Trump continues: “All sorts of stuff – pages long, look. Wait a minute, let’s see here. I just found, isn’t that amazing? This totally wins my case, you know. Except it is like, highly confidential. Secret. This is secret information. Look, look at this.”

“Secret” and “confidential” are two levels of classification for sensitive government documents.


If Trump had classified material in his possession in Mar-a-Lago after his presidency, that’s a crime under the applicable statutes. When he found it, Trump had a duty to notify the classifying agency and return the material, but that would only mitigate the fact that a crime had occurred, not negate it. That is how Congress crafted 18 USC 793 and how it is read in any other context. Trump further had a duty to produce that document and other classified material when demanded of him along with all of the other still-classified material in his possession. Instead, Trump balked, and apparently still hasn’t produced the document mentioned in this tape. He then misled the DoJ and the National Archives through his attorney about the number of classified documents in his possession, which is why the DoJ is going to tack on a bunch of obstruction and conspiracy counts.

So no, Trump didn’t end up in this position just because of political malice. He made himself a target and stepped into a trap of his own making. On count one, don’t expect any sympathy.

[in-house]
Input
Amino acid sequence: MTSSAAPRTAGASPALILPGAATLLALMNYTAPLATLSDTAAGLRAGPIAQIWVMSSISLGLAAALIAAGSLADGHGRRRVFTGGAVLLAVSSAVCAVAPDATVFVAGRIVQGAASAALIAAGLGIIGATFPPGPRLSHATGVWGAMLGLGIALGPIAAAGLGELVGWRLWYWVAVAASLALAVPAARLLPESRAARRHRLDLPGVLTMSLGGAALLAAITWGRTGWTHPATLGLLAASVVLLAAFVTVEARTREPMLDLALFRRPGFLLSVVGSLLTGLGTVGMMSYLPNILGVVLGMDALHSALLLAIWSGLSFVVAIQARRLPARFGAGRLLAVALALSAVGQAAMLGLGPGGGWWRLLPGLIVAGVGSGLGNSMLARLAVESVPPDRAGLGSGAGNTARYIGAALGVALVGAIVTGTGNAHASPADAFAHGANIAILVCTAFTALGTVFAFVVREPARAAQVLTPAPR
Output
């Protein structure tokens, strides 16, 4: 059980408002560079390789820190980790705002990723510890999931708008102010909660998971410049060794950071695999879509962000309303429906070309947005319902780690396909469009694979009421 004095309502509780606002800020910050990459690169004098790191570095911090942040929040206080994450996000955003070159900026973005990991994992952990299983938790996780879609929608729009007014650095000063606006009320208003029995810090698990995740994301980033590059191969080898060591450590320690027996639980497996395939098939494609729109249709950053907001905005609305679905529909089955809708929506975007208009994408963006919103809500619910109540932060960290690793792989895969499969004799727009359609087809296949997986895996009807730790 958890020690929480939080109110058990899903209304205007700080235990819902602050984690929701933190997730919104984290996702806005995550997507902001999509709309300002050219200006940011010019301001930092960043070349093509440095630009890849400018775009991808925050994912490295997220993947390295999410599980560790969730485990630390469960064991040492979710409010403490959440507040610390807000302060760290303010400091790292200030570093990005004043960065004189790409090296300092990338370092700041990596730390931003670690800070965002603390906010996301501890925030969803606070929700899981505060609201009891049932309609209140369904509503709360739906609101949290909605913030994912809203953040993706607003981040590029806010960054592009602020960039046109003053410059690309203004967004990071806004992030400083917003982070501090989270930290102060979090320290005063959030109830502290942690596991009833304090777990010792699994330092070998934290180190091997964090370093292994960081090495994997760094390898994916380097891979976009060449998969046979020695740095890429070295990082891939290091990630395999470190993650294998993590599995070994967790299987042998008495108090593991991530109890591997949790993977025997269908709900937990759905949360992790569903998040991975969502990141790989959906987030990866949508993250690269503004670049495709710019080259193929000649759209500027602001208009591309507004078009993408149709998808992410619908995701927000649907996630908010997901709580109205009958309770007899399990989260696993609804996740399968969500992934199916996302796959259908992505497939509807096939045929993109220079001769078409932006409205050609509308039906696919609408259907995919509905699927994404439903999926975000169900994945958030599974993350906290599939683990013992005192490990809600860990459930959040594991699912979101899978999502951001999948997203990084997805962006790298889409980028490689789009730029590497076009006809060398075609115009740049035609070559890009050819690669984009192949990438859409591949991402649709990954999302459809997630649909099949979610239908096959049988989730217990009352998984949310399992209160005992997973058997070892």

However, on count two, Trump is not just correct, but obviously so. And all it takes is three words to show it: Hillary Rodham Clinton.

Ironically or not, it fell to the man that Trump has desperately been attempting to smear for months to make the truly effective counterpunch to the news of the indictment:


The weaponization of federal law enforcement represents a mortal threat to a free society.

We have for years witnessed an uneven application of the law depending upon political affiliation.

Why so zealous in pursuing Trump yet so passive about Hillary or Hunter?

The DeSantis administration will bring accountability to the DOJ, excise political bias and end weaponization once and for all.

Let’s leave the Bidens out of this for the moment. Hunter is being accused of a completely different set of allegations, and at least for the moment a special counsel is investigating Joe for 18 USC 793 violations that apparently stretch back to his Senate days, when Biden had no custodial authority at all. Instead, let’s focus on Hillary Clinton, who committed the exact same kinds of criminal violations and got off scot-free for them.

For those who only remember the “but her emails!” scoffery from the media seven years ago, allow a bullet-point refresher:

  • As Secretary of State, Hillary Clinton operated a private e-mail server at her residence in Chappaqua, New York rather than use the official State Department e-mail system, passing thousands of instances of classified material through and stored on an unauthorized private storage device.
  • No one bothered to apply even a semblance of security to the device or its storage in the Clinton residence that would befit even a low-level classified-material storage system. The email server was almost certainly penetrated by foreign intelligence at some point, and had no real safeguards to prevent it or the exposure of the classified information stored on and passing through it.